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Association of Retired Senior IPS Officers (ARSIPSO)

This is with reference to my letter No. ARSIPSO/GS-BSD-4/2023 dated. 10/08/2023 on the 4th B.S. Das Memorial Lecture, which had to be rescheduled for unavoidable reasons.

The 4th B.S.Das Memorial Lecture to be delivered by Shri Anil Kumar Sinha, IAS (Retd.), on the subject Disaster Management: Creating Safer Communities, has now been rescheduled for October 14, 2023 as per the following:

Conference Room No. 2, India International Centre, Max Mueller Marg, New Delhi, October 14, 2023 (Saturday)

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While the Danish Imams were busy touring the Middle East for mustering support for their enterprise, the cartoons had already started their journey to the pages of newspapers and periodicals across Europe, Asia, Africa America and Australia generating comment even where the cartoons were not reprinted. Newspapers of some Muslim countries too had reprinted some of the cartoons with condemnations but till the end of 2005 there was not much public reaction in the Muslim world. Things started heating up after the publication on January 10 of some of the cartoons by Magazinet a Christian newspaper in Norway. Shortly afterwards Saudi Arabia and Libya recalled their ambassadors from Copenhagen and a boycott of Danish products was launched which soon spread to many Middle East countries and started hurting Danish economy. In an effort to defuse the crisis the Danish Prime minister A F Rasmussen and Jyllands Posten both expressed regrets on 30 January 2006 for having hurt the feelings of Muslims.


Several European newspapers felt that the Danes were caving in before the Islamists and as a symbol of their determination to uphold their right to subject even the most sacred things to criticism and satire decided to republish the cartoons in their pages. The German Die Weldt led by putting one of the cartoons on its front page. Several French, Spanish, Italian and Swiss newspapers also reprinted the cartoons. The international Islamic protest alliance put together by the Danish and other Islamist clerics responded immediately and from early February 2006 violent demonstrations erupted throughout the Muslim world. Governments of even the Muslim countries friendly to the west joined in expressing their outrage against the cartoons. Buildings housing Danish and Norwegian diplomatic missions and churches and synagogues were torched or vandalized. Flags of Denmark, and some other European countries, and of USA were trampled upon or burnt. Protesting mobs called for killing those who had insulted Islam. On 3 February British Muslim protesters marched to the Danish embassy in London carrying placards reading "Butcher those who mock Islam" " Europe you will pay, Osama is on the way" etc. Clerics in Pakistan and India announced big rewards for anyone assassinating the cartoonists. Business establishments selling Danish products and franchise holders of US fast food chains were torched. More than a hundred people died in the disturbances following the protest demonstrations in Afghanistan, Pakistan, Libya and Nigeria.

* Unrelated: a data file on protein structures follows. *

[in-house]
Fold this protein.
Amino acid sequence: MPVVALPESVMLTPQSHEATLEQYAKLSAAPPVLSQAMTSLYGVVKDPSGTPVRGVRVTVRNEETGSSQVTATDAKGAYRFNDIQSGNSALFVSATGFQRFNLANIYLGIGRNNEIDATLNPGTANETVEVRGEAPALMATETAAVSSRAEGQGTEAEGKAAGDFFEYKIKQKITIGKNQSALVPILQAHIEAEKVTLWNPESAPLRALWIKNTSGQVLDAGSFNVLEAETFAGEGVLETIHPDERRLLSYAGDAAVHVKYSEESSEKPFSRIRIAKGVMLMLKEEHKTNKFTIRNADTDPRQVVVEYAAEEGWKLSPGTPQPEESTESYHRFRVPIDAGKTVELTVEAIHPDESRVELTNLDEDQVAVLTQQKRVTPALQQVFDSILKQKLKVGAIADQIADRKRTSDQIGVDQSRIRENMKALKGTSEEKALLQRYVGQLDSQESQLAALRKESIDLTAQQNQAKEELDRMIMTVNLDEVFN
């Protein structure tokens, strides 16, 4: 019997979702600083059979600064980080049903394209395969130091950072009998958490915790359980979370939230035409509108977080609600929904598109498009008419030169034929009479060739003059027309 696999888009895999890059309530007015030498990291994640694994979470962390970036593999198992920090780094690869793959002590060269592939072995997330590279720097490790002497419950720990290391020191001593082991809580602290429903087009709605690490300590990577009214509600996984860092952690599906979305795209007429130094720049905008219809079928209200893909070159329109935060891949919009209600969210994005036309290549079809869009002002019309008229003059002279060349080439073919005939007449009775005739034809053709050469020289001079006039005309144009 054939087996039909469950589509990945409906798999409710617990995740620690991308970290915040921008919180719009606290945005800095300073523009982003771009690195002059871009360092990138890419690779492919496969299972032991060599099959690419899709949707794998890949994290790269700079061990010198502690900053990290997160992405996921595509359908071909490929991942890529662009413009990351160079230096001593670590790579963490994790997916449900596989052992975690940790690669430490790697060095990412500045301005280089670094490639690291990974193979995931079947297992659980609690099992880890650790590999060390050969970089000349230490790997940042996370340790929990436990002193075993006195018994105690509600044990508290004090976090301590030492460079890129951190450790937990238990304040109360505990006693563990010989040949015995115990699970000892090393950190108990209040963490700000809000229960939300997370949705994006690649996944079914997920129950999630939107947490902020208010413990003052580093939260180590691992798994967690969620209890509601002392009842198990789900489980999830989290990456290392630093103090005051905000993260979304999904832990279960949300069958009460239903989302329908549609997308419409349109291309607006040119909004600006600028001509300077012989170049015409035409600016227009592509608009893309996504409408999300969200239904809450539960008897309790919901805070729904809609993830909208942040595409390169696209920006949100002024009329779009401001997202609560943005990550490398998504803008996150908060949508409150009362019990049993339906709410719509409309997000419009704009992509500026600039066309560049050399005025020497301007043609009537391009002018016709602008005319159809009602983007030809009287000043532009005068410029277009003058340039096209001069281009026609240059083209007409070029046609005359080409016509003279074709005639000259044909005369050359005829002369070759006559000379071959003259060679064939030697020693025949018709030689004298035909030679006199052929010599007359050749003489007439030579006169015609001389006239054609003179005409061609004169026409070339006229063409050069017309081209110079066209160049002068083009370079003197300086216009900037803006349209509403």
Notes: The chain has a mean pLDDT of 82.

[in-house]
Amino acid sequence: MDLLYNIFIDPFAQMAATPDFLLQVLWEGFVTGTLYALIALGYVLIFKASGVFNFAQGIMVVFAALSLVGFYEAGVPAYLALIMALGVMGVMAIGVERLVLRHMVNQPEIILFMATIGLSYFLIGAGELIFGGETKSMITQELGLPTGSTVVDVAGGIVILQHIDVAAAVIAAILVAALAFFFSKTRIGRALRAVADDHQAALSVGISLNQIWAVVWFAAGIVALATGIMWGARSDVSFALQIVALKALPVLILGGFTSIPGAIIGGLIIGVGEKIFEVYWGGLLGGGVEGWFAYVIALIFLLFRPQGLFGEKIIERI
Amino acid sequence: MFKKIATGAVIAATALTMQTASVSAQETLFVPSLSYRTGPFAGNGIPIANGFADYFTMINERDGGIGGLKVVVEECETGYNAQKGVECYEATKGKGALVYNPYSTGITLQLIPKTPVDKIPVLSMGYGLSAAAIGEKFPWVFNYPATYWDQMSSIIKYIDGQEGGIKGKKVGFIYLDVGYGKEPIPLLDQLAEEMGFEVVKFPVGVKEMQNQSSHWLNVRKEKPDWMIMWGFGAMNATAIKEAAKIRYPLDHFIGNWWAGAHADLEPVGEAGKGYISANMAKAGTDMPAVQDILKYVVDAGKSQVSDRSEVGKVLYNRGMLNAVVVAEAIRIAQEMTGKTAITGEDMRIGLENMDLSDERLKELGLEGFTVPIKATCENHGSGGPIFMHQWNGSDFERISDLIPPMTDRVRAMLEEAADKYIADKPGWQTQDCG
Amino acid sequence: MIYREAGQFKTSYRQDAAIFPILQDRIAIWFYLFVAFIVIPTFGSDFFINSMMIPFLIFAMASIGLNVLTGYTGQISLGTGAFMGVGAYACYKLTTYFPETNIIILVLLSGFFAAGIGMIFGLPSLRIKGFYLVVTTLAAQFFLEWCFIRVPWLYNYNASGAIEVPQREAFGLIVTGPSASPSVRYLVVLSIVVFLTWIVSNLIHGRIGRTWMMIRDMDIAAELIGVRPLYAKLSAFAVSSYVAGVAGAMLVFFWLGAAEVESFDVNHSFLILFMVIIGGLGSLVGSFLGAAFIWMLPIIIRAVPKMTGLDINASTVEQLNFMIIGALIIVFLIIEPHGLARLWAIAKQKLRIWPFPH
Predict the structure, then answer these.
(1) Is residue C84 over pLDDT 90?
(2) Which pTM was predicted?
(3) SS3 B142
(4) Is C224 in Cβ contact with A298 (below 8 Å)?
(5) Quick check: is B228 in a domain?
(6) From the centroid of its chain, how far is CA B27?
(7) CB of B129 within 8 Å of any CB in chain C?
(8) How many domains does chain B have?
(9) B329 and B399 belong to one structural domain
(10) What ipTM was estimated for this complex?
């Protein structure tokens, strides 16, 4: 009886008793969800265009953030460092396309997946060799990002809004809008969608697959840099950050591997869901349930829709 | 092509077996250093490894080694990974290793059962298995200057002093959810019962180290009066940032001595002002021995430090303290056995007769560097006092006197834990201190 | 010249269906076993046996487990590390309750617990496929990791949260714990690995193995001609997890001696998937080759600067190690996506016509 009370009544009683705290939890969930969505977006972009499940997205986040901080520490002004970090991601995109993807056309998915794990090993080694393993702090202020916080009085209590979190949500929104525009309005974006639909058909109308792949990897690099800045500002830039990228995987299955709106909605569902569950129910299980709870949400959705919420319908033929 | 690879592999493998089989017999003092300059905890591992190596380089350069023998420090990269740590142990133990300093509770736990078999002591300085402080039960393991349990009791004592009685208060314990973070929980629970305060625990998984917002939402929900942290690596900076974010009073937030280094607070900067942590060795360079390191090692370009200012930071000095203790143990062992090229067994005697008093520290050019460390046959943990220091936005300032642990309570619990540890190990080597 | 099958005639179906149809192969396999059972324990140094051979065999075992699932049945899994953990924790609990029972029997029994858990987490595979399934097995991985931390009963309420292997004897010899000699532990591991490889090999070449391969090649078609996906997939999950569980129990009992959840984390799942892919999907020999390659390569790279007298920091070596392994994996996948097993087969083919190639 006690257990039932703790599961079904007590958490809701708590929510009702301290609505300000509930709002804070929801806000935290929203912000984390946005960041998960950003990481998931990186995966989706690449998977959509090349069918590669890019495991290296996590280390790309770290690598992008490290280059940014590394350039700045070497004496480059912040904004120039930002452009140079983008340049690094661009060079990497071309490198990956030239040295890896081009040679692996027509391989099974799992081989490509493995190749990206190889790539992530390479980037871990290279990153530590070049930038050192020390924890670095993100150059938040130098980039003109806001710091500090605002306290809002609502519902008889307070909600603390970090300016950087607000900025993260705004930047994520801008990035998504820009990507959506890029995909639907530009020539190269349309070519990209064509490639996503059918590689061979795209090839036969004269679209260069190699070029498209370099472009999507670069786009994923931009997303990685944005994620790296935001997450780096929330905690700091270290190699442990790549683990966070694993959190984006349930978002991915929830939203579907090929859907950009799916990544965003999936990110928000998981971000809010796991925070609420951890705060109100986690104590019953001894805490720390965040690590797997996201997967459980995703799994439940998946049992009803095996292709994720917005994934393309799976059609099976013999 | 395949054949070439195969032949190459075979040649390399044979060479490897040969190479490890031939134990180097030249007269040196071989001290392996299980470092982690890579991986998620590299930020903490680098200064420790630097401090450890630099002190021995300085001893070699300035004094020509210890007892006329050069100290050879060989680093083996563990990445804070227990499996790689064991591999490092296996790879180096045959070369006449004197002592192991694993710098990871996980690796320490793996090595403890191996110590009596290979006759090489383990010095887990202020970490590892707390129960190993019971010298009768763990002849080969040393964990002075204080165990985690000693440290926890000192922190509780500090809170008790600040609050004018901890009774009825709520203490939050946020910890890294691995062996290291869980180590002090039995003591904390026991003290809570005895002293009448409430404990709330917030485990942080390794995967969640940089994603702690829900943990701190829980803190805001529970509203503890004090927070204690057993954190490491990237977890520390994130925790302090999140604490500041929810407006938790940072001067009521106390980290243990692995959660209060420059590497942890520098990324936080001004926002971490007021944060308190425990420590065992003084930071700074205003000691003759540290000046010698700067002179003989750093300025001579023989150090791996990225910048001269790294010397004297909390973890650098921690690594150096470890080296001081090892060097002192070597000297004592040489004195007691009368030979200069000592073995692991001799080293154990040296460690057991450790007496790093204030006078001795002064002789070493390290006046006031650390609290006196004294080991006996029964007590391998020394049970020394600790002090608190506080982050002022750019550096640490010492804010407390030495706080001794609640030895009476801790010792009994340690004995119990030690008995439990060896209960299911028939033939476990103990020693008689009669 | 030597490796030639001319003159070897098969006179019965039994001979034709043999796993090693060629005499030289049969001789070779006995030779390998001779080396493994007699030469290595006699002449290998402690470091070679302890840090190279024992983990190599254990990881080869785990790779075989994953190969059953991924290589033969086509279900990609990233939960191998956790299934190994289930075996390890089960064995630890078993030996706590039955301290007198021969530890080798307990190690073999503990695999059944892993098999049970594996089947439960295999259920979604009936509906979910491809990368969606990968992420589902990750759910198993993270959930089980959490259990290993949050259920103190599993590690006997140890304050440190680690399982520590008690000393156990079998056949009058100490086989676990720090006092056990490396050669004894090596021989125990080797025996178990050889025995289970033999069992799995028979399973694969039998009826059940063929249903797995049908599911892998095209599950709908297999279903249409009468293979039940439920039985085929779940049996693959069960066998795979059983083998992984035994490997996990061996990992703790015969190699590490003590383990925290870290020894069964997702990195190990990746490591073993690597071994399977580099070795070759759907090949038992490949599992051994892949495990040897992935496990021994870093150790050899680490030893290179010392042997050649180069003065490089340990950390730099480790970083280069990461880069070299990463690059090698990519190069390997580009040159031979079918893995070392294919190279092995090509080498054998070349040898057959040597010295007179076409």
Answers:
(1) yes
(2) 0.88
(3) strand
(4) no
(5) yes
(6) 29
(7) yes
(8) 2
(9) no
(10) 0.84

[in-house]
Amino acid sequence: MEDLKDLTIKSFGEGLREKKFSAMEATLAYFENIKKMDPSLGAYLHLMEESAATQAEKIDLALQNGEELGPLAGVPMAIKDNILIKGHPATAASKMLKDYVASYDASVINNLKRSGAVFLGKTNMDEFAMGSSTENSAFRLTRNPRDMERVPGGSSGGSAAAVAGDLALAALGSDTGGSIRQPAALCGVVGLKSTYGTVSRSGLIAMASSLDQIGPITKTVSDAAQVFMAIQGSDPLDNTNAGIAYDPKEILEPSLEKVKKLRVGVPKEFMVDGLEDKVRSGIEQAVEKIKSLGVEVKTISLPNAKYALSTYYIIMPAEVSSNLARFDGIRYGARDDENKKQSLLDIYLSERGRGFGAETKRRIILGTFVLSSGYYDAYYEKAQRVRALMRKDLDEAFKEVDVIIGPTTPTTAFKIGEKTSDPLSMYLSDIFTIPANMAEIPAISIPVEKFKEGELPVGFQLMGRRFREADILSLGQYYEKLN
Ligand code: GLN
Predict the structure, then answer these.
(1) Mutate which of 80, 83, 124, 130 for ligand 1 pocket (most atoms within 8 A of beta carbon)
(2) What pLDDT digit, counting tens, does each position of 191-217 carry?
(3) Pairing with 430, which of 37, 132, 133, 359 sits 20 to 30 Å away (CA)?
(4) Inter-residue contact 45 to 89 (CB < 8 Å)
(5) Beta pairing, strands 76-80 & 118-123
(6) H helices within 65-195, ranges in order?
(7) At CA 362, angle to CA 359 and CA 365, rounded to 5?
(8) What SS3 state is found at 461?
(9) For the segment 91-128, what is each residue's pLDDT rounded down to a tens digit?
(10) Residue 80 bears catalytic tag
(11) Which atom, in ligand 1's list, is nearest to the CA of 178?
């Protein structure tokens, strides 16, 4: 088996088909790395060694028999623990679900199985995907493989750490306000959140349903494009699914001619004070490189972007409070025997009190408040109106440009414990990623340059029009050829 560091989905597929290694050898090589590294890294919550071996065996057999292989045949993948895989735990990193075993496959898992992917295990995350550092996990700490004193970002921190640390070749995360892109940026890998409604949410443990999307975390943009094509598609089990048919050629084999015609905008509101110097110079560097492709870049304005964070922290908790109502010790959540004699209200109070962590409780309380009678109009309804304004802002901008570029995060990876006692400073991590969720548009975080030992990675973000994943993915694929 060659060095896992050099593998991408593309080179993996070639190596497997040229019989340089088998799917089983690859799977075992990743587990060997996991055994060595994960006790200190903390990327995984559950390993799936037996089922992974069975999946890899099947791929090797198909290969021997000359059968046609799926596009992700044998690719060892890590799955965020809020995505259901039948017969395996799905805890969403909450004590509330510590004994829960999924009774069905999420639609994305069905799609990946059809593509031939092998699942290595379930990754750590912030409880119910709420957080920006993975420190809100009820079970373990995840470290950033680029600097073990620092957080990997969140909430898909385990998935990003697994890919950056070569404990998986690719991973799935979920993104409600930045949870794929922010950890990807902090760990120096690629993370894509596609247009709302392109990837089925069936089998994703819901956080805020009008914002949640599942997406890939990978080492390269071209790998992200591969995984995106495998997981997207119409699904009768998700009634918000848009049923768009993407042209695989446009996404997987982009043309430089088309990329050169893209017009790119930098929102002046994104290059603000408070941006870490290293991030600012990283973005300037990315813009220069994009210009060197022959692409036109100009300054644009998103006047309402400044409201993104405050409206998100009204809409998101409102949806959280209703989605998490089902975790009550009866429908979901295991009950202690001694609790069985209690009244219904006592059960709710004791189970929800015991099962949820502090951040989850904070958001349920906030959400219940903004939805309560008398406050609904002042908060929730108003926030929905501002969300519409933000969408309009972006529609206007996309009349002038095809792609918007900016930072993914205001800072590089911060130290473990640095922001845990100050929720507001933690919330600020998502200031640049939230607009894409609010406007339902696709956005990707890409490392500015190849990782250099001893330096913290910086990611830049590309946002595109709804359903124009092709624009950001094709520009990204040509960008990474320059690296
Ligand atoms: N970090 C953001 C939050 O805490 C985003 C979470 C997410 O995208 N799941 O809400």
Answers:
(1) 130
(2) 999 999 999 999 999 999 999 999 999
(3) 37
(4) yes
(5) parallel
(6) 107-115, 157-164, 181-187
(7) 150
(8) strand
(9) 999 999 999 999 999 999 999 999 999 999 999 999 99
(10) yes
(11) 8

The protests against the cartoons quickly developed into the expression of the rage of the Muslim Ummah against the perceived overall aggression of the West against Islam. The old and widely shared grievances (Palestine, Afghanistan, Iraq etc.) as also new grouses like USA's efforts to prevent Iran from developing nuclear weapons were superimposed on the cartoons insult. Unrepresentative and unpopular regimes in many Muslim countries sought to refurbish their tattered legitimacy by donning the mantle of protectors of Islam and hoped to win some respite for themselves by diverting the anger of the masses towards external offenders. Political parties, religious bodies, trade unions and other organizations and individuals also seized the opportunity to improve their standing with the masses and used the protests to push their own agendas. The surprise victory of Hamas in the Palestine elections complicated the situation still further.


Governments of USA and UK chose to tread with care and circumspection. British foreign secretary Jack Straw while conceding the principle of press freedom called the reprinting of the cartoons by the European press "unnecessary...insensitive… disrespectful…wrong". The US Government spokesman too while supporting press freedom called upon both sides to show understanding, tolerance and mutual respect. Speaking at a conference in Qatar former US President bill Clinton strongly condemned the cartoons and posed the query whether Europe was going to substitute anti-Semitic prejudice with anti Islam prejudice?

Governments of continental European countries as also the EU came out in support of the Danes. The Vatican, however, observed that the right to freedom of thought and expression can not imply the right to offend the religious sentiments of believers of any religion. The Vatican also deplored the use of violence by protesters.

UN Secretary General Kofi Annan responding to a request from the Arab League asked the press to be more sensitive in its handling of religious matters.


The fury of the protests by the Muslim street has died down but the merits and demerits of the Jyllands-Posten action in publishing the caricatures of Islam's Prophet continue to be debated in international media. Comments on the issue seem to have followed the line taken by the leaders of the two sides and mostly focused on the issue of press freedom vs. religious susceptibilities. The Muslim stand has been that the cartoons were an unacceptable insult to their most revered Prophet and were one more instance of the continuing aggression of the West against Islam. The Danes and their European supporters have contended that the right to caricature things held most sacred by religion has been at the core of their culture having been won after centuries of struggle. Both sides have also pointed to flaws in the other's argument. The Muslims have referred to the taboo against denial of the Holocaust by the European press. The Europeans pointed out that representations of the Prophet have been appearing in Muslim countries and that in any case Muslims can not force Europeans to observe Muslim taboos.